# Deployment Tips

Now that you've gone and done the hard work of making your very own HTTP server, it's time to go and share it with the world.

This page contains a list of tips that should help you get the most out of your server when it's deployed somewhere.

  1. Use LDC (opens new window) to compile the release version of your application. Compile times with LDC are a little longer than with DMD, but you get much better performance, and better compatibility with various OS/arch combinations because the project is based on LLVM.
  2. Tune the number of worker threads according to your needs. For small services, you can usually get by with just a few workers, and reducing the number of worker threads greatly cuts down on the memory usage of your application. See the configuration page for more details.
  3. Use a reverse-proxy (opens new window) like nginx (opens new window) to send traffic to Handy-Httpd, instead of having Handy-Httpd handle traffic directly. This is because something like nginx is highly-optimized for maximum performance, and already handles encryption (HTTPS via SSL/TLS). This way, you (and me, the developer of Handy-Httpd) can focus on the features that improve the quality of the application, instead of worrying about problems others have solved. Also, consider serving static content via reverse-proxy for best performance.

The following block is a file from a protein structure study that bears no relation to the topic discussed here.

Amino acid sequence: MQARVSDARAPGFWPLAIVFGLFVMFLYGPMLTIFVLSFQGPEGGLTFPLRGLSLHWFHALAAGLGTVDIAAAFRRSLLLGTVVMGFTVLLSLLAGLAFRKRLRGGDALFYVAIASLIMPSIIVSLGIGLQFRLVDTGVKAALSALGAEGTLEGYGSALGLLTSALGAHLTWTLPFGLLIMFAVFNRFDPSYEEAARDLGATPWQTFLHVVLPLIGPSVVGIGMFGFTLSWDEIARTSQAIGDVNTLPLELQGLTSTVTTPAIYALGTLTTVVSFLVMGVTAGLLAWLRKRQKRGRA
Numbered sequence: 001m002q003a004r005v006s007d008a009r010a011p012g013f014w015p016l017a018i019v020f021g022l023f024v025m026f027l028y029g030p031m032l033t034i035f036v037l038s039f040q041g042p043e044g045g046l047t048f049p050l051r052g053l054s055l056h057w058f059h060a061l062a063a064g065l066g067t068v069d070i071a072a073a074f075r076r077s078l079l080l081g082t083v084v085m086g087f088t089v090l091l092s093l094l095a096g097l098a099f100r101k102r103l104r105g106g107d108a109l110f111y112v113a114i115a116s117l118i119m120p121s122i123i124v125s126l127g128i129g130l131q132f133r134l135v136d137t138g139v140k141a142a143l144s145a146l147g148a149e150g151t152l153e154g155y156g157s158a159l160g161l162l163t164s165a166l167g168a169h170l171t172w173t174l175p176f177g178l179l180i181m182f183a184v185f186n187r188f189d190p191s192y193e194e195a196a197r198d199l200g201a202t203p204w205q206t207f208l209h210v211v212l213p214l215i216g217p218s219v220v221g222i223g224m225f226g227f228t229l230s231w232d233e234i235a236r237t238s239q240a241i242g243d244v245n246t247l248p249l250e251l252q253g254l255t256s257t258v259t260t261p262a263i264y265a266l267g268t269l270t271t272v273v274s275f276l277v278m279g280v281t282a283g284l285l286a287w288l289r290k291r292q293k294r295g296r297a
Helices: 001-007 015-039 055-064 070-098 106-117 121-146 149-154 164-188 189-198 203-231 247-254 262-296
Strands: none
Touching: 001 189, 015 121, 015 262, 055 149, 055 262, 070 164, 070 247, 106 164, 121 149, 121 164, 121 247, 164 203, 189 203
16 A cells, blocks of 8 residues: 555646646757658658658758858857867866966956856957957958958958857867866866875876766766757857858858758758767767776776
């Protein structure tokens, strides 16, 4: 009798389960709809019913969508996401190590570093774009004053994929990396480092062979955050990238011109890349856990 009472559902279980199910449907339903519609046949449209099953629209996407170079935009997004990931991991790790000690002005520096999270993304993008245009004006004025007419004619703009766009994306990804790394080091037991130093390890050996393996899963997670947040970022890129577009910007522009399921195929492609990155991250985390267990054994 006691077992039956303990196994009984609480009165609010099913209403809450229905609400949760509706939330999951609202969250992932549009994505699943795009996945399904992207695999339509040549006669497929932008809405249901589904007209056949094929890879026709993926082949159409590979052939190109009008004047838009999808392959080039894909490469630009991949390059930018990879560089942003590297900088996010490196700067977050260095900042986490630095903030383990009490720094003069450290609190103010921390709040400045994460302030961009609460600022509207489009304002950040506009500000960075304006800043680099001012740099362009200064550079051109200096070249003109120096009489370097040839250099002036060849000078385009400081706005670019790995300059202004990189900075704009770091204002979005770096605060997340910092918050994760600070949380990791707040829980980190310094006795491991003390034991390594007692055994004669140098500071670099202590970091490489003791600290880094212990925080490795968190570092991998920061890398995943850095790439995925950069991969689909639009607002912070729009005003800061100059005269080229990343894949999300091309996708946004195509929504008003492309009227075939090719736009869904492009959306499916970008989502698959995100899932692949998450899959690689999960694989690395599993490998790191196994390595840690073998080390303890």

4. Set enableWebSockets to false to save some memory. If websockets are enabled, an extra thread is started to manage the websocket messages, separate from the main worker pool. If you don't need websockets and you want to optimize your memory usage, disable them.
  5. Avoid long-duration operations while handling requests. This locks up a worker thread for the duration of the request, so it's best to respond right away (also for the user's experience) and then do additonal processing asynchronously.
  6. Try to avoid throwing exceptions from your request handlers, where possible. Handle exceptions as soon as they crop up, and set the appropriate HTTP response code instead of relying on Handy-Httpd's exception handling. Exceptions are quite costly in terms of performance.